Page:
Purpose: The present study addresses the natural history ocular alignment in infantile esotropia that presents at 2 to 4 months of age.
Methods: Eye alignment during the first 6 months of life was evaluated in two cohorts of healthy infants who initially had esotropia at 2 to 4 months of age; 80 infants were enrolled in a prospective study at the Retina Foundation of the Southwest (RFSW), and 41 infants were reviewed retrospectively as a pilot study for the Early Surgery for Congenital Esotropia (ESCET) multicenter trial. In addition, 79 of the 80 children in the RFSW cohort were reexamined at 4.5 years of age or older for ocular alignment and stereopsis.
Results: Among infants who initially had constant esotropia > or = 40 PD, 0 of 45 children in the RFSW cohort and 0 of 21 children in the ESCET cohort showed resolution to orthophoria. In addition, only 2 infants showed a reduction in angle of deviation below 40 PD (one to 35 PD and one to 20 PD). Resolution to orthophoria was noted in a few infants who initially had small angle or variable angle esotropia. On follow-up at 4.5 years of age or greater, 91% of the children in the RFSW cohort had alignment within 8 PD of orthoposition and 30% had stereoacuity of 3000" to 60". Children who underwent surgical alignment at 6 months of age had a higher prevalence of coarse stereopsis than children who underwent alignment at 7 to 15 months of age.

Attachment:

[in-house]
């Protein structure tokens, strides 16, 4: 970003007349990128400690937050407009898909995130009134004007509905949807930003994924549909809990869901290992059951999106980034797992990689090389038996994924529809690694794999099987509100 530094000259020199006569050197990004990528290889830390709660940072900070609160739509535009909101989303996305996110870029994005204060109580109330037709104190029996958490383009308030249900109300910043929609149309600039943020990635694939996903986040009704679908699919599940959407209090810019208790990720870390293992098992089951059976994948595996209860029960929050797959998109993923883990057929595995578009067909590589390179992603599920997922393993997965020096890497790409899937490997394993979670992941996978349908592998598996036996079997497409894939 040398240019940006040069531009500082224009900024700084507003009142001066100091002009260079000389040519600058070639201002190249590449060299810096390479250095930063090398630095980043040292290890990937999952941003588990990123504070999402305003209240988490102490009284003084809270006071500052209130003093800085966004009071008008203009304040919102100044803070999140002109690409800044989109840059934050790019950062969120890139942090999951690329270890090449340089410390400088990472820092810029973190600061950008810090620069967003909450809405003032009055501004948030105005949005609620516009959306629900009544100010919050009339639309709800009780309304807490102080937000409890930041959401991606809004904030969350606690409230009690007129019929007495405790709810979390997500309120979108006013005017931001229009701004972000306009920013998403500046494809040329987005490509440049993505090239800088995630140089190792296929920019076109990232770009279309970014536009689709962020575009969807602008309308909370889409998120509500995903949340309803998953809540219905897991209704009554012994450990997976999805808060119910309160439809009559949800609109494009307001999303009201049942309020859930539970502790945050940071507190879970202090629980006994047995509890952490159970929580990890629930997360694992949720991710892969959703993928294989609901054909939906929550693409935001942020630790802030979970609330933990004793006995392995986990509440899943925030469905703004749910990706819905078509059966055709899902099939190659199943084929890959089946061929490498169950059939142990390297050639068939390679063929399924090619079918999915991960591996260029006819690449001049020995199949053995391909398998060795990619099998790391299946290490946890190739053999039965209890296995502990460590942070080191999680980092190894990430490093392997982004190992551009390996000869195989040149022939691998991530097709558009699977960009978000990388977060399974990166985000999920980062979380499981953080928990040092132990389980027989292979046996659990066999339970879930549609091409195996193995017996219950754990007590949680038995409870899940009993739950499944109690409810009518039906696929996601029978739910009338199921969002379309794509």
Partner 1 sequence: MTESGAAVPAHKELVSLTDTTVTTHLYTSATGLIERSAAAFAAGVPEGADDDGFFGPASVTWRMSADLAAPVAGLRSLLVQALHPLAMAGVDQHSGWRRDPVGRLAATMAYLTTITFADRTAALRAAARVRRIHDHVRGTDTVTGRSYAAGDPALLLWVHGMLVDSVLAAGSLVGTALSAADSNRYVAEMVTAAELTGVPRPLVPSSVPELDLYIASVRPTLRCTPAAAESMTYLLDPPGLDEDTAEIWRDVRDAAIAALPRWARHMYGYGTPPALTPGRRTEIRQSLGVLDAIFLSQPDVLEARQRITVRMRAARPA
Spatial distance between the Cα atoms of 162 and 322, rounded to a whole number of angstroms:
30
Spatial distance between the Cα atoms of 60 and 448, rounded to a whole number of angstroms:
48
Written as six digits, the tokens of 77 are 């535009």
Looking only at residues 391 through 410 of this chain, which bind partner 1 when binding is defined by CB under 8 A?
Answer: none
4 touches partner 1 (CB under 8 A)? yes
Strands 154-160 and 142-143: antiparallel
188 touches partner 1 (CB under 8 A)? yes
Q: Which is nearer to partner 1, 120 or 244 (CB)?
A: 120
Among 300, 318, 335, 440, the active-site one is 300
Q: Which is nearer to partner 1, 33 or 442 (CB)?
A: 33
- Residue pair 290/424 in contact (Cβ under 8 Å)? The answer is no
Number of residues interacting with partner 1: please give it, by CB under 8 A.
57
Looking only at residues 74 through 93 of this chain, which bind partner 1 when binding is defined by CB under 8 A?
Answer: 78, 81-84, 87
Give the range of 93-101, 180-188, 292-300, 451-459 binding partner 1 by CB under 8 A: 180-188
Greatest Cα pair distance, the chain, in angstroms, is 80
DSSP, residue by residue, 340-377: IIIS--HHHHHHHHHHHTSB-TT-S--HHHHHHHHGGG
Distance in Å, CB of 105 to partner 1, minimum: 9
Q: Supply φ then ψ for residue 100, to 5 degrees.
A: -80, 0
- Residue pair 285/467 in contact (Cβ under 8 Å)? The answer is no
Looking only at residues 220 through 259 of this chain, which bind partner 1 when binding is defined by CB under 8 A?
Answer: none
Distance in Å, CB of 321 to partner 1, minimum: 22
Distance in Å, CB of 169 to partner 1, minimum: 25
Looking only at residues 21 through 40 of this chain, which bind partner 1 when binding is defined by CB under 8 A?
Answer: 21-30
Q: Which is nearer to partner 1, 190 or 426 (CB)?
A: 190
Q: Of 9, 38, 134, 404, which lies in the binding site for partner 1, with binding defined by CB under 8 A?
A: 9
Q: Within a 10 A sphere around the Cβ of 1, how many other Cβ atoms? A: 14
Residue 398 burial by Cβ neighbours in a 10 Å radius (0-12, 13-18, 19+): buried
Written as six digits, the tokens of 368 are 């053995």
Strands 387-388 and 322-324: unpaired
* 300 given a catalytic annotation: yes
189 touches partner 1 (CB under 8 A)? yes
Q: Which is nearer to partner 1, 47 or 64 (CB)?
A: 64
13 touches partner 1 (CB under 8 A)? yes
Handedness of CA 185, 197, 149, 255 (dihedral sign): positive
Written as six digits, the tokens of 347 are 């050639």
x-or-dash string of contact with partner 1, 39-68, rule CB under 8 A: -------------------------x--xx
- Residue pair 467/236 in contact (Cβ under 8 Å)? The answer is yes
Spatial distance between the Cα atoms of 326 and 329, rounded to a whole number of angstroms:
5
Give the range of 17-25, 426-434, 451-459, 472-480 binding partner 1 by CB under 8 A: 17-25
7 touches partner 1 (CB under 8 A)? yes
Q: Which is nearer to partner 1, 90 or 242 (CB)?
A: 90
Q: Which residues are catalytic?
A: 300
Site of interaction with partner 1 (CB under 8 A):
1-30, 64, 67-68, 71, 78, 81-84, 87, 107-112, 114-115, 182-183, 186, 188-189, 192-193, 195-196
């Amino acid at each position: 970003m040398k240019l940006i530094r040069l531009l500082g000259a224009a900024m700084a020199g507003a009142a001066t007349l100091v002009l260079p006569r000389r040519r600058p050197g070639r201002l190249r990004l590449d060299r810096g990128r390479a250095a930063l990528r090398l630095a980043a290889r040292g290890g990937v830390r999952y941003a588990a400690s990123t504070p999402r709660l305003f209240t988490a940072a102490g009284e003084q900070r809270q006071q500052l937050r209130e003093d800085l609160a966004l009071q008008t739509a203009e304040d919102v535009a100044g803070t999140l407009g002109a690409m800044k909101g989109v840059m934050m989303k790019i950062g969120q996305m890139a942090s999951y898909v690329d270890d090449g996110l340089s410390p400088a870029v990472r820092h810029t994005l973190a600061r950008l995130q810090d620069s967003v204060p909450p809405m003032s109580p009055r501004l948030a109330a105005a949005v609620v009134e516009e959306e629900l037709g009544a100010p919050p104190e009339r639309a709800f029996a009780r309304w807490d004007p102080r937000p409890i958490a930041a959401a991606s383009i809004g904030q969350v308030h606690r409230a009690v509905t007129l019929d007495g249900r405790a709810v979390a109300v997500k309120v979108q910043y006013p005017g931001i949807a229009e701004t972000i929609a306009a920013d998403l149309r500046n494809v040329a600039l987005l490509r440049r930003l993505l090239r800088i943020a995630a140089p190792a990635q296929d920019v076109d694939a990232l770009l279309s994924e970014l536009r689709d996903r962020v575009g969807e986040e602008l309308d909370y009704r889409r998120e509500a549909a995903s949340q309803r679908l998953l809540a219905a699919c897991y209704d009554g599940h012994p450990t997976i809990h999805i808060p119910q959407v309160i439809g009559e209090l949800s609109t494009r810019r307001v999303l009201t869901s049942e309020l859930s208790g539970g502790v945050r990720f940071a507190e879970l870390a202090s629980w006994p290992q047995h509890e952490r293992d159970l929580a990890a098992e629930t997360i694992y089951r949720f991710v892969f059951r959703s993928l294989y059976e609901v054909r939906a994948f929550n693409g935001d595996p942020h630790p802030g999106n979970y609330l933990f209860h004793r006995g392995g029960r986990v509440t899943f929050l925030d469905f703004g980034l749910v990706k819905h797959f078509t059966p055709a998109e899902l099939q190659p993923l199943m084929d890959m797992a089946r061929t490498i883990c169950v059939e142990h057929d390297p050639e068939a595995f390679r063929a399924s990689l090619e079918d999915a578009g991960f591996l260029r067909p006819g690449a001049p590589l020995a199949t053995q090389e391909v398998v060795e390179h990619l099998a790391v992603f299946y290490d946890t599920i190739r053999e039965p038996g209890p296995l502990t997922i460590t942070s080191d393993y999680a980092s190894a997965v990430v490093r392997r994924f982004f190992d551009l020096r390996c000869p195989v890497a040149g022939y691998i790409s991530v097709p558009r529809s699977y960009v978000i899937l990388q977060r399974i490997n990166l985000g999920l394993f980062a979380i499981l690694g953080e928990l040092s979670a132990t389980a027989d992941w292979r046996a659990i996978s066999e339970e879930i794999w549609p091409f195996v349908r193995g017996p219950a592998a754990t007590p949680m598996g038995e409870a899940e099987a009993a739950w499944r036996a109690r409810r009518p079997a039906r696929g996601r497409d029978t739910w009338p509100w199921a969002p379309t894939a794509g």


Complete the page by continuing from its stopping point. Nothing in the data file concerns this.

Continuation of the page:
Conclusions: Taken together, these results suggest that infants who present at 2 to 4 months of age with constant esotropia of 40 PD or greater are valid candidates for surgical treatment. In addition, data from long-term follow-up support the hypothesis that early surgical alignment may promote the development of at least coarse stereopsis in these infants.